Scottish Conservative MSP for Lothian Gordon Lindhurst has again raised concerns about a bill to criminalise parents for smacking their children.
The Lothian MSP has himself prosecuted cases under the current law as an advocate.
Evidence before the Committee dealing with the proposed legislation to remove the defence of ‘reasonable chastisement’ has begun in the Scottish Parliament. The Bill was lodged by Green MSP John Finnie but has since received support from the SNP Government.
Proponents of the Bill claim that Scotland and the UK are behind other parts of Europe and the rest of the world when it comes to banning smacking.
Lindhurst raised questions about the legal issues surrounding the Bill in an evidence session of the Equalities and Human Rights committee at Holyrood with the Scottish Human Rights Commission. It was acknowledged that a simplistic comparison with other countries was not appropriate and the issues raised should be reconsidered.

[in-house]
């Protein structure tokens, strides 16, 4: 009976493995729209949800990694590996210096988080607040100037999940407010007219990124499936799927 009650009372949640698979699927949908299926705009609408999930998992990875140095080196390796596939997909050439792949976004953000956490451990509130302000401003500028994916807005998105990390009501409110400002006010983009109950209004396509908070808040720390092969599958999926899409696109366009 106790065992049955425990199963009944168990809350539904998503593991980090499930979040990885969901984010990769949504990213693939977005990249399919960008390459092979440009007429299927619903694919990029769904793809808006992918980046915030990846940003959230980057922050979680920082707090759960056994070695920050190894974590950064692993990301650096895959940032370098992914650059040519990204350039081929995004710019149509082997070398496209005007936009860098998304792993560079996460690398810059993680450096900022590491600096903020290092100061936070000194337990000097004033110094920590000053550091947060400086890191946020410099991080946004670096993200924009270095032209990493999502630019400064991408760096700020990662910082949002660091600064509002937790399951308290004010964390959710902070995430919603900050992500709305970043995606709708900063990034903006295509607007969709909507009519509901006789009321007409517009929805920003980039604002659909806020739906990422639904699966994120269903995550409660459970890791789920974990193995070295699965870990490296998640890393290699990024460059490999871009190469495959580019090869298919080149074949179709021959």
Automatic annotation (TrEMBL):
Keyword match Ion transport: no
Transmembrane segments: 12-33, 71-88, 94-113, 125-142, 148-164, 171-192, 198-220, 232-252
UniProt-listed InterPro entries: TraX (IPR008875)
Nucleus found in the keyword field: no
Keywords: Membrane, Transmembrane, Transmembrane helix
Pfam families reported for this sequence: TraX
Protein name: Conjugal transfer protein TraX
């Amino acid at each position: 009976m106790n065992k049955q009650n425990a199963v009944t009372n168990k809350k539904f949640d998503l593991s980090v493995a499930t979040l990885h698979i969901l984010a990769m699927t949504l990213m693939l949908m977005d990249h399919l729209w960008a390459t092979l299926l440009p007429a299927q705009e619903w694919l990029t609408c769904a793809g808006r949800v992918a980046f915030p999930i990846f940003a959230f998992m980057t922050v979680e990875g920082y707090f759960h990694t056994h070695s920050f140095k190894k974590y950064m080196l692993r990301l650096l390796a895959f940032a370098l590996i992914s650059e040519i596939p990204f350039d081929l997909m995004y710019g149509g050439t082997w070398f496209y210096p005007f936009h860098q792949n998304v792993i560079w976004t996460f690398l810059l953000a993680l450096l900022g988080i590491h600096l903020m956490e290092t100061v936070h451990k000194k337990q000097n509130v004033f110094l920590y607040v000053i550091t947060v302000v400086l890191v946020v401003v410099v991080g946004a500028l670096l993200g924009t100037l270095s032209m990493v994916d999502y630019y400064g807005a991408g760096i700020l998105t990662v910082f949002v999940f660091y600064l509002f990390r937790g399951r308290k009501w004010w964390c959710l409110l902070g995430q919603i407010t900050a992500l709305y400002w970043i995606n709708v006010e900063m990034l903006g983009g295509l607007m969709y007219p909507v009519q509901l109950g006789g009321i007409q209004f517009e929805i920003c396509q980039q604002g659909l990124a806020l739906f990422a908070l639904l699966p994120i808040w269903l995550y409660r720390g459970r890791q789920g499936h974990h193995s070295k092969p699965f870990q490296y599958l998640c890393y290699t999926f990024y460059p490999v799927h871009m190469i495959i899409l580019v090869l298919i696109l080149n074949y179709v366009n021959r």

The Lothian MSP also raised other differences, including the New Zealand Act expressly providing the police with a discretion not to proceed on complaints against a parent. In Scotland, decisions on prosecution are determined by the procurator fiscal.
Speaking after the committee meeting, Lindhurst said: “The approach to this Bill so far has been to simply compare Scotland to other countries on the basis that a smacking bill has been implemented there.
“That is not even like comparing apples with oranges.
“Witnesses during the evidence session this morning agreed that the purpose of the bill should not be to criminalise parents and that parents being subject to fines and prison would not be a positive outcome.
“They also said they don’t foresee rises in the numbers of parents being prosecuted for smacking their children, simply because they say it hasn’t happened in other countries.
“But that assumes that those countries have the same legal systems, laws and attitudes to prosecutions as we do in Scotland. This is simply not the case and the conclusion does not follow. People’s concerns about the bill as introduced are well founded and entirely valid.
“The bill is a backwards step with a mediaeval solution based on the common law rather than a clearly defined offence as seen in other jurisdictions.
“This bill as currently drafted is completely at odds with international best practice.”